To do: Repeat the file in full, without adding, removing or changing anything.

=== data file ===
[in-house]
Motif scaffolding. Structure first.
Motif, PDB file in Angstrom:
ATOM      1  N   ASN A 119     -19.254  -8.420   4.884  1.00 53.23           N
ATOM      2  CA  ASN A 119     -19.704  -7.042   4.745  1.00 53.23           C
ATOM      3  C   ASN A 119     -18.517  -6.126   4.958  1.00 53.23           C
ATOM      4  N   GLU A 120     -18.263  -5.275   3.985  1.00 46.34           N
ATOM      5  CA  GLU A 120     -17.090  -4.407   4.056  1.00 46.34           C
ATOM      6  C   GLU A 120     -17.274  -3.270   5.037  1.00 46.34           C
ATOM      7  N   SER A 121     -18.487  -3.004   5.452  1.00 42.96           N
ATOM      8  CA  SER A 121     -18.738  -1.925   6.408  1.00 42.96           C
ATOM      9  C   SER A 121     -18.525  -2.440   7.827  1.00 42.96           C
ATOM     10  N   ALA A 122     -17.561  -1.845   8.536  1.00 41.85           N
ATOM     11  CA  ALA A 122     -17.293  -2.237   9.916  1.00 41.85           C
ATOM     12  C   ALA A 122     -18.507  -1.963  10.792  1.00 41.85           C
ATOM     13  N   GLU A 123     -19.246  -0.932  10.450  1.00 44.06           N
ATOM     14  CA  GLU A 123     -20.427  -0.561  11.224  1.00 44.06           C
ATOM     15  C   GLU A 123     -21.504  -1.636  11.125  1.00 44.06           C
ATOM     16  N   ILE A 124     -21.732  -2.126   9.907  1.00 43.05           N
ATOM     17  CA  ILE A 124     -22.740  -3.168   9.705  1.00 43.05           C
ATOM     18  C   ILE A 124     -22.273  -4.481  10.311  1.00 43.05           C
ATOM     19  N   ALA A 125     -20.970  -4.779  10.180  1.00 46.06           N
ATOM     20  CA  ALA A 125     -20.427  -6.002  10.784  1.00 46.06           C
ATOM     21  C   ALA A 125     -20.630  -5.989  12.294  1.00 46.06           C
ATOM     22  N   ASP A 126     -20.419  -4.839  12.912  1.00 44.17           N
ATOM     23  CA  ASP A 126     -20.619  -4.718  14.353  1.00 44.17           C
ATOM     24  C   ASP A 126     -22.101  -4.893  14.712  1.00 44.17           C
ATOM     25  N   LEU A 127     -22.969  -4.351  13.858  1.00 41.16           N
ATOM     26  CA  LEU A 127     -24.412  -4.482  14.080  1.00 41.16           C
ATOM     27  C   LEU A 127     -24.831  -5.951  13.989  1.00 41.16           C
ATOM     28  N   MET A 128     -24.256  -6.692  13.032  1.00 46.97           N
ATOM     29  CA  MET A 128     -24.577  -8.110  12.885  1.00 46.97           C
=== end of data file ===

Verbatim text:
[in-house]
Motif scaffolding. Structure first.
Motif, PDB file in Angstrom:
ATOM      1  N   ASN A 119     -19.254  -8.420   4.884  1.00 53.23           N
ATOM      2  CA  ASN A 119     -19.704  -7.042   4.745  1.00 53.23           C
ATOM      3  C   ASN A 119     -18.517  -6.126   4.958  1.00 53.23           C
ATOM      4  N   GLU A 120     -18.263  -5.275   3.985  1.00 46.34           N
ATOM      5  CA  GLU A 120     -17.090  -4.407   4.056  1.00 46.34           C
ATOM      6  C   GLU A 120     -17.274  -3.270   5.037  1.00 46.34           C
ATOM      7  N   SER A 121     -18.487  -3.004   5.452  1.00 42.96           N
ATOM      8  CA  SER A 121     -18.738  -1.925   6.408  1.00 42.96           C
ATOM      9  C   SER A 121     -18.525  -2.440   7.827  1.00 42.96           C
ATOM     10  N   ALA A 122     -17.561  -1.845   8.536  1.00 41.85           N
ATOM     11  CA  ALA A 122     -17.293  -2.237   9.916  1.00 41.85           C
ATOM     12  C   ALA A 122     -18.507  -1.963  10.792  1.00 41.85           C
ATOM     13  N   GLU A 123     -19.246  -0.932  10.450  1.00 44.06           N
ATOM     14  CA  GLU A 123     -20.427  -0.561  11.224  1.00 44.06           C
ATOM     15  C   GLU A 123     -21.504  -1.636  11.125  1.00 44.06           C
ATOM     16  N   ILE A 124     -21.732  -2.126   9.907  1.00 43.05           N
ATOM     17  CA  ILE A 124     -22.740  -3.168   9.705  1.00 43.05           C
ATOM     18  C   ILE A 124     -22.273  -4.481  10.311  1.00 43.05           C
ATOM     19  N   ALA A 125     -20.970  -4.779  10.180  1.00 46.06           N
ATOM     20  CA  ALA A 125     -20.427  -6.002  10.784  1.00 46.06           C
ATOM     21  C   ALA A 125     -20.630  -5.989  12.294  1.00 46.06           C
ATOM     22  N   ASP A 126     -20.419  -4.839  12.912  1.00 44.17           N
ATOM     23  CA  ASP A 126     -20.619  -4.718  14.353  1.00 44.17           C
ATOM     24  C   ASP A 126     -22.101  -4.893  14.712  1.00 44.17           C
ATOM     25  N   LEU A 127     -22.969  -4.351  13.858  1.00 41.16           N
ATOM     26  CA  LEU A 127     -24.412  -4.482  14.080  1.00 41.16           C
ATOM     27  C   LEU A 127     -24.831  -5.951  13.989  1.00 41.16           C
ATOM     28  N   MET A 128     -24.256  -6.692  13.032  1.00 46.97           N
ATOM     29  CA  MET A 128     -24.577  -8.110  12.885  1.00 46.97           C